Racing: Hawk Wing clipped but Derby is his day

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The Independent Online

You get inured to bookmakers making a 2,000 Guineas horse a silly price for the Derby. Usually, though, they have the good manners to do it about the winner of the Newmarket Classic. Now we have Hawk Wing, the Guineas runner-up behind his well-drawn stablemate Rock Of Gibraltar, at 2-1 for Epsom. Ladbrokes go 9-4 and we must assume this is the more realistic as Mike Dillon, the Magic Sign's PR man, spent more time next to Hawk Wing and the winner's joint owner, Sir Alex Ferguson, than even Aidan O'Brien on Saturday.

Representatives of the Big Three claimed to have been swamped by a spectrum of punters, including professionals, when they initially offered 3-1. The colt's pedigree is the usual swirl of contradictions. There is stamina on his dam's side, while his sire is Woodman, who has produced both Bosra Sham and a reputation for delivering soft horses.

Perhaps more significant is Hawk Wing's actual appearance. Horses of his awesome proportions do not regularly win Derbys. O'Brien says be is not worried, believing the big fellow to be perfectly well balanced, but then the trainer has yet to call one of his charges a great lummox.

It was, effectively, another great post-race Trappist performance from O'Brien. We can distil his thoughts into two simple messages. Firstly, the result was beneficial for his two main horses, as both Rock Of Gibraltar and Hawk Wing seemed to think they had won. Certainly, it was a Classic supermarket on Saturday. We got two Guineas for the price of one, as the Irish horses dominated their respective bunches on either side of the course. Second, O'Brien added, rather disingenuously, that he was unsure if the draw had any significant effect. This put him in a very small minority.

In the blustery preliminaries each of the Godolphin horses, recently returned from the sweaty Gulf, were draped in rugs to ward off the cold. King Of Happiness, the second favourite, seemed to be creating his own heat. There were sweat patches on his neck, the flanks and between his legs. This was enough to dampen enthusiasm even before he had to be blindfolded behind the stalls.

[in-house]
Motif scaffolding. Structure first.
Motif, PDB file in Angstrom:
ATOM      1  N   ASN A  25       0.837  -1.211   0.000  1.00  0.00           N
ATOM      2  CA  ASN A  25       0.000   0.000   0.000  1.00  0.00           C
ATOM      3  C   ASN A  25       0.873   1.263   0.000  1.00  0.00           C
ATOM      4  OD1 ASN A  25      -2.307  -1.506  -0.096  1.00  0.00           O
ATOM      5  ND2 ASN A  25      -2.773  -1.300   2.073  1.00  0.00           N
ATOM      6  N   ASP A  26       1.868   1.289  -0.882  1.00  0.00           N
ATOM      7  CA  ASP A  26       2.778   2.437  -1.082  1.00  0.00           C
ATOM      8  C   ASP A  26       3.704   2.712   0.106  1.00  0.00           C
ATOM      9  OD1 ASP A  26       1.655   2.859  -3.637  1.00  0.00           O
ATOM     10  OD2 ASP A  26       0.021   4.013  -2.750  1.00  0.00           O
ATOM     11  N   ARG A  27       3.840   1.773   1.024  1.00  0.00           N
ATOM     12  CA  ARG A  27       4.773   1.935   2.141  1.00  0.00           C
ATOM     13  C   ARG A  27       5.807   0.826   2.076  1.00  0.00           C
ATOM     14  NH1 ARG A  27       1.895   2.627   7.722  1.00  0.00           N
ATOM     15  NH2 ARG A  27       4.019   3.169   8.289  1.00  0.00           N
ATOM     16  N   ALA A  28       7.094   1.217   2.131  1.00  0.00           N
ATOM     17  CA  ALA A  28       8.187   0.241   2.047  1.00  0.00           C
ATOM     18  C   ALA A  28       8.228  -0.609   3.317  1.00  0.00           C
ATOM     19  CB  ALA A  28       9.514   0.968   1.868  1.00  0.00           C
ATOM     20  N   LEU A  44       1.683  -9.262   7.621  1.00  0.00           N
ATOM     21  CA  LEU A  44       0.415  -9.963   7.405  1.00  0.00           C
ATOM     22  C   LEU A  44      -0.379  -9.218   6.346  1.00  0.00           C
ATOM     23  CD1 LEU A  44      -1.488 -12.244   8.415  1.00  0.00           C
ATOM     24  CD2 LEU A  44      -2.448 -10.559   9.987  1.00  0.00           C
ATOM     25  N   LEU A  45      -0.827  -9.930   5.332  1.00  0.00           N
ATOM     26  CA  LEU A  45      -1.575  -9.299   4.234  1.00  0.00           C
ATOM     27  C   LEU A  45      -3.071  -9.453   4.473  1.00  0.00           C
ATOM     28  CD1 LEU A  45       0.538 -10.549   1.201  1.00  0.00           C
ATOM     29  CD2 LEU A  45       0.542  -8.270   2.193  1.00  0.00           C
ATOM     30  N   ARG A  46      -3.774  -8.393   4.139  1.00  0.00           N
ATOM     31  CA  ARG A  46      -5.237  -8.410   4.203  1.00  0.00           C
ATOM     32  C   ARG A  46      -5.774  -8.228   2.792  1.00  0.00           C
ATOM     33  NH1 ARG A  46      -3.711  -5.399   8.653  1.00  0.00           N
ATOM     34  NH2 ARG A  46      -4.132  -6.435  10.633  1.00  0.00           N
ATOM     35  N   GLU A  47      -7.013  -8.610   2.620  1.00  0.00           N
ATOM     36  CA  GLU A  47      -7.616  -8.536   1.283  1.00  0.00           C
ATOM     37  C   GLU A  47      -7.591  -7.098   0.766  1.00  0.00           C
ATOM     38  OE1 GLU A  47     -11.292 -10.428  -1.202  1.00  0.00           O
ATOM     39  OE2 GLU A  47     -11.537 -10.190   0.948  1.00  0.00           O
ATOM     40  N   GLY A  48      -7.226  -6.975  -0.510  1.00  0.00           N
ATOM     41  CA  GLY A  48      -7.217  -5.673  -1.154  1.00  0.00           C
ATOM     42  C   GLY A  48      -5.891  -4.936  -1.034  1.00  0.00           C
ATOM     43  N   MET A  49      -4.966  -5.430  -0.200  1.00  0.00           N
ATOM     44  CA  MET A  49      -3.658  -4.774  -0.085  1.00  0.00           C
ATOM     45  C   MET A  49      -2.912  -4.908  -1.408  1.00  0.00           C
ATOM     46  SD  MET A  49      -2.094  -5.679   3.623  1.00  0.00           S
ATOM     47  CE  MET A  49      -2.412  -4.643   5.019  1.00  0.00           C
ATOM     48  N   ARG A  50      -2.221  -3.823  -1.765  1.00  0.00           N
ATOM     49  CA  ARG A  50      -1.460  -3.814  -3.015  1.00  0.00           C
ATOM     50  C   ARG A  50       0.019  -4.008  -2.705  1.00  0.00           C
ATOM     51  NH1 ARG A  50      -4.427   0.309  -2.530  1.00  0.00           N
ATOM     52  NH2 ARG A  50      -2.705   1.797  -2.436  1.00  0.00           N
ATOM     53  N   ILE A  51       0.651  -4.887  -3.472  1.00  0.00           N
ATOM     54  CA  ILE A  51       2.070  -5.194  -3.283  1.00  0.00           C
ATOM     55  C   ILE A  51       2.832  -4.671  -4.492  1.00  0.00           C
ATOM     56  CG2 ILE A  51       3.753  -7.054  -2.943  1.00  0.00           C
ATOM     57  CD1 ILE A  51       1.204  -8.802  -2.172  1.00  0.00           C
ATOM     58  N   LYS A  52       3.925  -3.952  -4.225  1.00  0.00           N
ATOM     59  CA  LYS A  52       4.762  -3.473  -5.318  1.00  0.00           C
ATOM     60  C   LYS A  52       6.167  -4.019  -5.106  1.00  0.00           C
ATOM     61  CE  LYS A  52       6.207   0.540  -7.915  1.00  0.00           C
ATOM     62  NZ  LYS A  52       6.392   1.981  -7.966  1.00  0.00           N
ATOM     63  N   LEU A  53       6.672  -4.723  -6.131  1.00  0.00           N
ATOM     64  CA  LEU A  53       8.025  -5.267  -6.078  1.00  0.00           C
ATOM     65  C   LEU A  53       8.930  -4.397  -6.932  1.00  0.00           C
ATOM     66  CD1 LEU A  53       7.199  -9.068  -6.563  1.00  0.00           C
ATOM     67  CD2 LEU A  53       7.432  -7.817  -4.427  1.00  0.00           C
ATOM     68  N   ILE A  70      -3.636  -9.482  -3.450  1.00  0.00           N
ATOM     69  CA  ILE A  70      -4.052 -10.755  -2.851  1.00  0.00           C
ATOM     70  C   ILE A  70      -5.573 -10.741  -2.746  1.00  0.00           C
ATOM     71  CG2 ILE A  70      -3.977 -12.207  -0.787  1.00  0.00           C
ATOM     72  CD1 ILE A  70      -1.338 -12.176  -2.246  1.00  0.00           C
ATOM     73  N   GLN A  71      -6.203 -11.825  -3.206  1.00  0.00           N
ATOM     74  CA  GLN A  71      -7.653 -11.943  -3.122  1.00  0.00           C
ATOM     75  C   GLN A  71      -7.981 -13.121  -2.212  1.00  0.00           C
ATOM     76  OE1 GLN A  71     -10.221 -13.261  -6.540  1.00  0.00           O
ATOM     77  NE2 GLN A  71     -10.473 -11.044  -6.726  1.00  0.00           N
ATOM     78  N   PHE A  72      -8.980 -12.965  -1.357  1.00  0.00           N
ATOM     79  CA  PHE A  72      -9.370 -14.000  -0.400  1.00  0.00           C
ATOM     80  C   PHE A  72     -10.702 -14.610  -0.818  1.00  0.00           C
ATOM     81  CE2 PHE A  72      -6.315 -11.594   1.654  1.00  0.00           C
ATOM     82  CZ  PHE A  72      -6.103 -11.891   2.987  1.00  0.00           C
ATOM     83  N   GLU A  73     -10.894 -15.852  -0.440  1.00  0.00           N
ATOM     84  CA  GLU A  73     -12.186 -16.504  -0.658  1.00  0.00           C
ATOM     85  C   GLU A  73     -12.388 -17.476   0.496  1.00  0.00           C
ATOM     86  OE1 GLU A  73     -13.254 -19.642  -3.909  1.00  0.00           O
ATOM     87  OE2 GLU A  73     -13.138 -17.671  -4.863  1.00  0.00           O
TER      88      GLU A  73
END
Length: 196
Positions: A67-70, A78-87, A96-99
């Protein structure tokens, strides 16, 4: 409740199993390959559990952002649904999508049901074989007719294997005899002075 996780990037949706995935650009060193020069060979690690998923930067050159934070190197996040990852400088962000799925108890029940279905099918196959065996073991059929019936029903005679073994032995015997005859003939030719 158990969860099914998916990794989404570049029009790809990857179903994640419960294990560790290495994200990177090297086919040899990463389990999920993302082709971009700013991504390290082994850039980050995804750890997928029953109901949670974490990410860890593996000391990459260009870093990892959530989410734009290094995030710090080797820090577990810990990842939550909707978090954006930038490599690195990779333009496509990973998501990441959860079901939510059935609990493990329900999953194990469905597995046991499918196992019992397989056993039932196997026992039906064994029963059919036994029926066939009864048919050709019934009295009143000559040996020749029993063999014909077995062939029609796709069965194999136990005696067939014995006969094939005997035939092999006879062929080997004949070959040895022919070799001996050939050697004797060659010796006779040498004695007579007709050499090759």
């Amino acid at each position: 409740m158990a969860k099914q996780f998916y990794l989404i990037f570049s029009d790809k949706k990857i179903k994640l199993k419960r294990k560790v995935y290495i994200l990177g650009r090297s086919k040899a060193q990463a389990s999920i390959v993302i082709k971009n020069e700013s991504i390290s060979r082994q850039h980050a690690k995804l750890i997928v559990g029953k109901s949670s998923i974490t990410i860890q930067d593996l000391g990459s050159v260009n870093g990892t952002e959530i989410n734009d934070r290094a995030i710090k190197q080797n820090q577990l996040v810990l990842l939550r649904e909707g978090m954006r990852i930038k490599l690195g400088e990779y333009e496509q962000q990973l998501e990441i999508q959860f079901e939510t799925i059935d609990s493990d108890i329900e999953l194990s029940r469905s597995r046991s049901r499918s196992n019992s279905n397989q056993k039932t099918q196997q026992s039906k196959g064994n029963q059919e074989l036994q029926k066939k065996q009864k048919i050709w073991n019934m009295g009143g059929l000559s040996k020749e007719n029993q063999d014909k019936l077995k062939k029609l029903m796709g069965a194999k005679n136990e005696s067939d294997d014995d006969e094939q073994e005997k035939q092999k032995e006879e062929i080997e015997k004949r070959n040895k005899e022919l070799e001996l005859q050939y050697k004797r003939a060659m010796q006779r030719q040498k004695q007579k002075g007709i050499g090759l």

Hawk Wing dominated the field in the paddock, the possessor of proportions that could carry you across country in the chase after foxy. In comparison, Rock Of Gibraltar was ordinary. He looked small and unremarkable. It was the machinery which was to prove noteworthy.

Redback, as anticipated, was quick to show on the far rail, as Rock Of Gibraltar was settled in the middle of the convoy. More decisively, Hawk Wing jinked right out of the stalls, but was immediately yanked left by his jockey, Jamie Spencer, in an effort to keep tabs on the fancied King Of Happiness and Massalani. O'Brien exonerated his jockey yesterday when he reported that Spencer was merely obeying instruction, that the yard wanted both sides of the course covered. Whatever, it was a manoeuvre which would prove fatal to his chances.

By the time Spencer had uncurled Hawk Wing's limbs, Rock Of Gibraltar and Johnny Murtagh had skipped past Redback on to an unassailable lead. The runner-up was just a neck behind and had gained such momentum at the line that there were some frightened faces in the Newmarket Golf Club at the bottom of the Rowley Mile as he pulled up.

Television lipreaders will have picked up Spencer's disappointed two-word reaction to defeat. It seemed quite at odds with his cherubic features. Nevertheless, this was only a sleeping policeman on the Irishman's road to superstardom. His mount, the Derby notwithstanding, is heading in the same direction.

Aidan O'Brien recognised this and used the words he had on Saturday to praise the Rock. That may have been the day for the horse who will probably run in the St James's Palace Stakes at Royal Ascot. Hawk Wing's will come soon enough.